Register now for more content and features!!    Login   Home | News | FAQ | eBooks | Weblinks | Gallery | Contact Us
News Topics
Special Reports
Columnists
VirtueOnline
Search
VOL Sponsors

Land of a
Thousand Hills
Coffee


Drink Coffee
Do Good



Sustainable Ministry: Coffee, Community, Social Justice

DrinkCoffee
DoGood.com




Contact Us for advertising rates.

Theology, Research ... : SPIRITUAL METAPHORS FROM A SPORTS FAN
Posted by David Virtue on 2013/1/20 19:50:00 (916 reads)

SPIRITUAL METAPHORS FROM A SPORTS FAN

By Dr. Bruce Atkinson
(with a thank you to Bill Crowder)
Special to virtueonline
www.virtueonline.org
January 20, 2013

With the Super Bowl approaching, I thought I would write a piece for the sports fans out there. Although many people make an idol out of their team or of the sport itself (not good), there are still many believers like me who enjoy the games and are actually taught important principles (or they are confirmed) by some aspects of the contest. We know that the apostle Paul used athletic examples in his own teaching.

The Contrast Effect

When the games are close and I have a favorite team to which I strongly identify (like the hometown team), I watch with some tension and anxiety. The tension is part of what makes these games enjoyable. When the game goes from being in doubt to my team having won, I have both feelings of relief (we did not lose.) and also triumph (we won.). These winning moments are so exhilarating and uplifting that it is worth enduring the disappointment of those other games where my team loses. Up to a point. When I lived in the Chicago area, I eventually gave up watching Cubs baseball. I'm a sports fan, not a masochist.

But in general, the losses make the triumphs more appreciated when they do come. I call it "the contrast effect": we appreciate heaven all the more because we have tasted a bit of hell. This latter principle can be found embedded in the Beatitudes (Matthew 5:1-12, from Jesus' Sermon on the Mount). Some of the blessings pronounced by Jesus can be summarized by saying: blessed are the faithful who are victims of injustice and who experience troubles that are not their fault here on earth, for these troubles are temporary and these people shall enjoy a trouble-free eternity in heaven. They will appreciate heaven more than those who had it easy on earth - and this added blessing is forever. So we can thank God for our troubles, even those days when our team (or church, or family) loses.

The Ultimate Outcome Is Already Settled

Remember the tension, excitement, and even anxiety of watching that important game? Well, when I watch replayed events, where the outcome is already known, I have no such tension or anxiety. Nothing to worry about. I can watch the action with calmness and an eye for detail. It is not as much fun, being less of an adventure, but it is relaxing.

Perhaps we are supposed to live this life with some combination of these two attitudes. True, we never know exactly what is going to happen next, what challenge will come our way, or what difficulty or triumph is just around the bend. Life always has this aspect of adventure to it. I really enjoyed this reality when I was in my 20's. But in my 60's, I now prefer life to be less adventurous and more predictable.

For Christians, the part of life that is in fact always predictable is the ultimate outcome. We can be calm and relatively unruffled through our biggest challenges because we have seen the end of the story - and it is very, very good. We know that all the troubles and all the losses will come to an end. We can begin rejoicing even now and we have absolutely no reason for anxiety (Phil 4:4-13). Knowing that we are never alone, that the One who has already won for us the victory is with us in everything, we can begin experiencing the peace that Paul describes in Philippians 4:7: "And the peace of God, which transcends all understanding, will guard your hearts and your minds in Christ Jesus." Jesus told His disciples, "I have told you these things, so that in me you may have peace. In this world you will have trouble. But take heart. I have overcome the world." (John 16:33)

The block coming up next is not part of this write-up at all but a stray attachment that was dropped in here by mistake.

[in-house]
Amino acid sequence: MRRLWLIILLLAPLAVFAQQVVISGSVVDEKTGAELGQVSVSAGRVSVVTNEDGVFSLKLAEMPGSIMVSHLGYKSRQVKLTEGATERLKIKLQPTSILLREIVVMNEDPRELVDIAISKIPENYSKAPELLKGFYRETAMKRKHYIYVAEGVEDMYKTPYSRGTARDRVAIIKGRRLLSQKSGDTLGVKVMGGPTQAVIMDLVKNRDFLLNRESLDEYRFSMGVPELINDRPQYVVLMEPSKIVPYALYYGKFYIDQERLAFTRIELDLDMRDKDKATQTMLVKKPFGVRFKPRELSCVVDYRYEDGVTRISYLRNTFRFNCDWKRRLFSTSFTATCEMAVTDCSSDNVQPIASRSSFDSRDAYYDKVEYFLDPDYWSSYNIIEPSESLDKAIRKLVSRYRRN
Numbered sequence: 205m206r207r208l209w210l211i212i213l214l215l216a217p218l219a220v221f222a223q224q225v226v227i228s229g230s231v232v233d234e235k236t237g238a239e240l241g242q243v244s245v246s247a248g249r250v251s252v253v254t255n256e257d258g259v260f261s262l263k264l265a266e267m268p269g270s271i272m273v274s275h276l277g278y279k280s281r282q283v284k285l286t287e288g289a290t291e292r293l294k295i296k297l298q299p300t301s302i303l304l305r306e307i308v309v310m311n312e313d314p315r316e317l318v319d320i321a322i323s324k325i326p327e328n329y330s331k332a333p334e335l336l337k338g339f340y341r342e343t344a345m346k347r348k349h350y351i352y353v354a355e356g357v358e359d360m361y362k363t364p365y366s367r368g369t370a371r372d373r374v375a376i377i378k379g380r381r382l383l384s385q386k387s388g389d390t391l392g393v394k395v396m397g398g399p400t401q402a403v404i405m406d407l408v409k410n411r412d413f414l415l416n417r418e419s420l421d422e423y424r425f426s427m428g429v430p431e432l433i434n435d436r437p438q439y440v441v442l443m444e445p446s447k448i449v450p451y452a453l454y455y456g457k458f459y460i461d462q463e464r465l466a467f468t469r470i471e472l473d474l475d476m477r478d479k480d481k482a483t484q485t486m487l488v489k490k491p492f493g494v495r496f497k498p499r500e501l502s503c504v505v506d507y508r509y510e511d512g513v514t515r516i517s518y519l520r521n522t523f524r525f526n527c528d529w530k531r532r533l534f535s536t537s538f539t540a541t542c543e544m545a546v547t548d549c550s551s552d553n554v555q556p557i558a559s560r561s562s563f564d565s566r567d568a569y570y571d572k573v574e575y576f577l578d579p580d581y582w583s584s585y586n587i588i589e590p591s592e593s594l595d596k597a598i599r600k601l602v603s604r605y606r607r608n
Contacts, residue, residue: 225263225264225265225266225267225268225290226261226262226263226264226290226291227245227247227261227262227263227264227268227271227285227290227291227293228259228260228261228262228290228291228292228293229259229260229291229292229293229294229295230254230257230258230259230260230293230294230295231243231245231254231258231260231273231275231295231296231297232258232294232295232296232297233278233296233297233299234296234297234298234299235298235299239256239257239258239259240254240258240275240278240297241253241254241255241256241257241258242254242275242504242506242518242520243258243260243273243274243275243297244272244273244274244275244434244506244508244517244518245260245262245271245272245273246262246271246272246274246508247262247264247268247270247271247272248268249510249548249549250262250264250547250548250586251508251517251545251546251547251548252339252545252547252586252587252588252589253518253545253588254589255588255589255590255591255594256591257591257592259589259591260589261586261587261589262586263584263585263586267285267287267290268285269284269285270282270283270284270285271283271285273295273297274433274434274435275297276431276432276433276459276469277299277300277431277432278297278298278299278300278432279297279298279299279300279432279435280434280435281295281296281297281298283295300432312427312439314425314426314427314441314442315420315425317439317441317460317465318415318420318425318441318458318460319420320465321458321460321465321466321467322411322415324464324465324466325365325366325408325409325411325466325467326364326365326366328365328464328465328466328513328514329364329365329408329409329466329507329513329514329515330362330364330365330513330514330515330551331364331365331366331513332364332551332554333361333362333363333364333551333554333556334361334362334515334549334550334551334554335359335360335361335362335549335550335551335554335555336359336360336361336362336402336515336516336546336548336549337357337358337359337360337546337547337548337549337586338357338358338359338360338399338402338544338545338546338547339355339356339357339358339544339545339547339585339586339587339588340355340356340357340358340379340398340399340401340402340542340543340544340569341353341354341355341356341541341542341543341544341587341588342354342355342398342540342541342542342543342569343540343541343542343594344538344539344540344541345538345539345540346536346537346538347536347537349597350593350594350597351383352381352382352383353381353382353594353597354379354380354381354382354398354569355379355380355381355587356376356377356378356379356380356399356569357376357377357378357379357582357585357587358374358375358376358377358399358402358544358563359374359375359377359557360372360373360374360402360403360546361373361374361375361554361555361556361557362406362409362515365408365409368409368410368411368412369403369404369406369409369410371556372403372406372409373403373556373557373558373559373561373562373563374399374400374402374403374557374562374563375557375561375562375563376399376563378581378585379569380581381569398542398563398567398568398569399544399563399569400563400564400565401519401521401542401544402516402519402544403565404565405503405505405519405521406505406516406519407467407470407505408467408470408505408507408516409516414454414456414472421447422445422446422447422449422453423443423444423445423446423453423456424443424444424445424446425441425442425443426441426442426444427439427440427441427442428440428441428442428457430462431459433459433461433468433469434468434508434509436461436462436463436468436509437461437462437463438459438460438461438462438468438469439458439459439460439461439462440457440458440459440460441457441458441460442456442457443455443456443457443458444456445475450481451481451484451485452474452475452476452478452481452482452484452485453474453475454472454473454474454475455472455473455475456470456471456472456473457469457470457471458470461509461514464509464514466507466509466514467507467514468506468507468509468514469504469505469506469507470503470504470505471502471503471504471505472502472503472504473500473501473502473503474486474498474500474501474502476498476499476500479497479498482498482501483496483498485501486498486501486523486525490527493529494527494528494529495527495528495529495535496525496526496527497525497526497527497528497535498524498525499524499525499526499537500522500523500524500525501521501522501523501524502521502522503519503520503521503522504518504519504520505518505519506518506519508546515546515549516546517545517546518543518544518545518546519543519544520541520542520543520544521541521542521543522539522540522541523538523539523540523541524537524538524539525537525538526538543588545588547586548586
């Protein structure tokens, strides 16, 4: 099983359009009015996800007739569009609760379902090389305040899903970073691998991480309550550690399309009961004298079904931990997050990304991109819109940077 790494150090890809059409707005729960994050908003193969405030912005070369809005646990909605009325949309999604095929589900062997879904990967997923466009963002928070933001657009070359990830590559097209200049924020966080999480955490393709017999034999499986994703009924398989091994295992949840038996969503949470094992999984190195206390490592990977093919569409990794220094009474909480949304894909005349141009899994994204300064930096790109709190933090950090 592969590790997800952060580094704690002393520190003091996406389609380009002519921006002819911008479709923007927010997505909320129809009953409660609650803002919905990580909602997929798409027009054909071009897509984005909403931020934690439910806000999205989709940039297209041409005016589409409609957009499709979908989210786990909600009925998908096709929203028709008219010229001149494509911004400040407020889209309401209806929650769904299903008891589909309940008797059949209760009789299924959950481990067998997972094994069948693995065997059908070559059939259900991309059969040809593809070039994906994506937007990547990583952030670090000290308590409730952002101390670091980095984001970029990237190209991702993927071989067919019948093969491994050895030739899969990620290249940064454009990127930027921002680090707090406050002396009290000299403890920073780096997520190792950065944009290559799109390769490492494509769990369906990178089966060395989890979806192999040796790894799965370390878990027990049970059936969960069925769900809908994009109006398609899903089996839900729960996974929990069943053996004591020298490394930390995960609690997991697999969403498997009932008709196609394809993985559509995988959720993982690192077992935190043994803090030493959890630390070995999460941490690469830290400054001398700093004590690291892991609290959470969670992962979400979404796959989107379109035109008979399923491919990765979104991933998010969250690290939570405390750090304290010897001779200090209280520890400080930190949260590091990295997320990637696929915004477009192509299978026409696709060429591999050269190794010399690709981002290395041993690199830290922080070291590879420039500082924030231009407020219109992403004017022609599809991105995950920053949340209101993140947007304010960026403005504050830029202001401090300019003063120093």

Do you hear His victory shout? He has already won the game and we are now essentially in replay mode. We get to play a part in the victory, but the outcome is not in doubt and it is not up to us. "Peace I leave with you; my peace I give you. I do not give to you as the world gives. Do not let your hearts be troubled and do not be afraid." (John 14:27) His peace is knowing that the wonderful outcome of victory is for certain and forever. His peace is living in His Presence as we complete our own short but purposeful lives here on earth. His peace is waiting expectantly for the ultimate and final victory, to be celebrated with Christ and our brothers and sisters forever.

END

Printer Friendly Page Send this Story to a Friend


For information on changes to VOL comments, please see this FAQ entry.
comments powered by Disqus

Follow VOL on Social Networks:

Support VOL

Please support VirtueOnline with a tax deductible gift.

Your support of our ministry keeps the world informed with the truth!



       

GlobalAnglican.org

Global Anglican Theological Institute

Multi-Lingual Bible & Theological Education



GlobalAnglican.org
sponsored by VOL



VOL Sponsors





Setup your own foundation to support VOL and the charitable efforts you believe in.

TrustCounselors.org
 





Suburban Philadelphia
On the Mainline



Worship with us:
Sundays at 4:00pm.

210 S. Wayne Ave, Wayne, PA

christ-church-anglican.org



Parish Seeks Rector
Anglican Church
of St. Dunstan

St. Louis Park, MN



St. Dunstan parish seeks full-time rector.

ACA Diocese of the Missouri Valley


Family-sized church
Orthodox, 1928 BCP
Anglican Missal

Tara Keehr
tekeehr@msn.com
StDunstanAnglican.org









Contact Us for
advertising rates.